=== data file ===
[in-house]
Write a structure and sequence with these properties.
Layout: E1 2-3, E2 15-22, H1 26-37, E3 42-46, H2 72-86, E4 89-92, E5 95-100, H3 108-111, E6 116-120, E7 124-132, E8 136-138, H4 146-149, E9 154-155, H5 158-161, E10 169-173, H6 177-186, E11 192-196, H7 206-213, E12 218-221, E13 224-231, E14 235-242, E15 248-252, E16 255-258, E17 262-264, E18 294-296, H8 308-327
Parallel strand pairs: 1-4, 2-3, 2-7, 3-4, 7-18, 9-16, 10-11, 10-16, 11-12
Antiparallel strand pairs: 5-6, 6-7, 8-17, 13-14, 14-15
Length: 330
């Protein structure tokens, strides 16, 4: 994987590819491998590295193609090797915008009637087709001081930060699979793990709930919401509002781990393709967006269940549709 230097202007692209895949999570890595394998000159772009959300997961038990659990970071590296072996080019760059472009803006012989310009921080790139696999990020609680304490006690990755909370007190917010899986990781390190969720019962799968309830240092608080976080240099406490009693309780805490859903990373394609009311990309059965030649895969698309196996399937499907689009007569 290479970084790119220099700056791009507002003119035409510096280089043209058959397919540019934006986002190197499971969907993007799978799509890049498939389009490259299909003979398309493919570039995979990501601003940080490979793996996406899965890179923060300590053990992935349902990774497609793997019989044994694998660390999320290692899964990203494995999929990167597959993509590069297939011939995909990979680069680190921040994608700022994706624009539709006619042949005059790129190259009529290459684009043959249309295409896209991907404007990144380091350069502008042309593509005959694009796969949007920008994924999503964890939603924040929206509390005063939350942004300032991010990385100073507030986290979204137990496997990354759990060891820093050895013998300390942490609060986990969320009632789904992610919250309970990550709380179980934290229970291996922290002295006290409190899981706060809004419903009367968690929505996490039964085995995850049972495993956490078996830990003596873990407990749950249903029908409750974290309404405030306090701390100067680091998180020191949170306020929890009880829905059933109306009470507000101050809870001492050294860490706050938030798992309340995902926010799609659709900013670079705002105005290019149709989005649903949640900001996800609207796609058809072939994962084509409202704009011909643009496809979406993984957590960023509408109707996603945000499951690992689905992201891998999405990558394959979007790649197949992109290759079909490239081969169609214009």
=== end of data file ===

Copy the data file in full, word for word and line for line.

[in-house]
Write a structure and sequence with these properties.
Layout: E1 2-3, E2 15-22, H1 26-37, E3 42-46, H2 72-86, E4 89-92, E5 95-100, H3 108-111, E6 116-120, E7 124-132, E8 136-138, H4 146-149, E9 154-155, H5 158-161, E10 169-173, H6 177-186, E11 192-196, H7 206-213, E12 218-221, E13 224-231, E14 235-242, E15 248-252, E16 255-258, E17 262-264, E18 294-296, H8 308-327
Parallel strand pairs: 1-4, 2-3, 2-7, 3-4, 7-18, 9-16, 10-11, 10-16, 11-12
Antiparallel strand pairs: 5-6, 6-7, 8-17, 13-14, 14-15
Length: 330
């Protein structure tokens, strides 16, 4: 994987590819491998590295193609090797915008009637087709001081930060699979793990709930919401509002781990393709967006269940549709 230097202007692209895949999570890595394998000159772009959300997961038990659990970071590296072996080019760059472009803006012989310009921080790139696999990020609680304490006690990755909370007190917010899986990781390190969720019962799968309830240092608080976080240099406490009693309780805490859903990373394609009311990309059965030649895969698309196996399937499907689009007569 290479970084790119220099700056791009507002003119035409510096280089043209058959397919540019934006986002190197499971969907993007799978799509890049498939389009490259299909003979398309493919570039995979990501601003940080490979793996996406899965890179923060300590053990992935349902990774497609793997019989044994694998660390999320290692899964990203494995999929990167597959993509590069297939011939995909990979680069680190921040994608700022994706624009539709006619042949005059790129190259009529290459684009043959249309295409896209991907404007990144380091350069502008042309593509005959694009796969949007920008994924999503964890939603924040929206509390005063939350942004300032991010990385100073507030986290979204137990496997990354759990060891820093050895013998300390942490609060986990969320009632789904992610919250309970990550709380179980934290229970291996922290002295006290409190899981706060809004419903009367968690929505996490039964085995995850049972495993956490078996830990003596873990407990749950249903029908409750974290309404405030306090701390100067680091998180020191949170306020929890009880829905059933109306009470507000101050809870001492050294860490706050938030798992309340995902926010799609659709900013670079705002105005290019149709989005649903949640900001996800609207796609058809072939994962084509409202704009011909643009496809979406993984957590960023509408109707996603945000499951690992689905992201891998999405990558394959979007790649197949992109290759079909490239081969169609214009």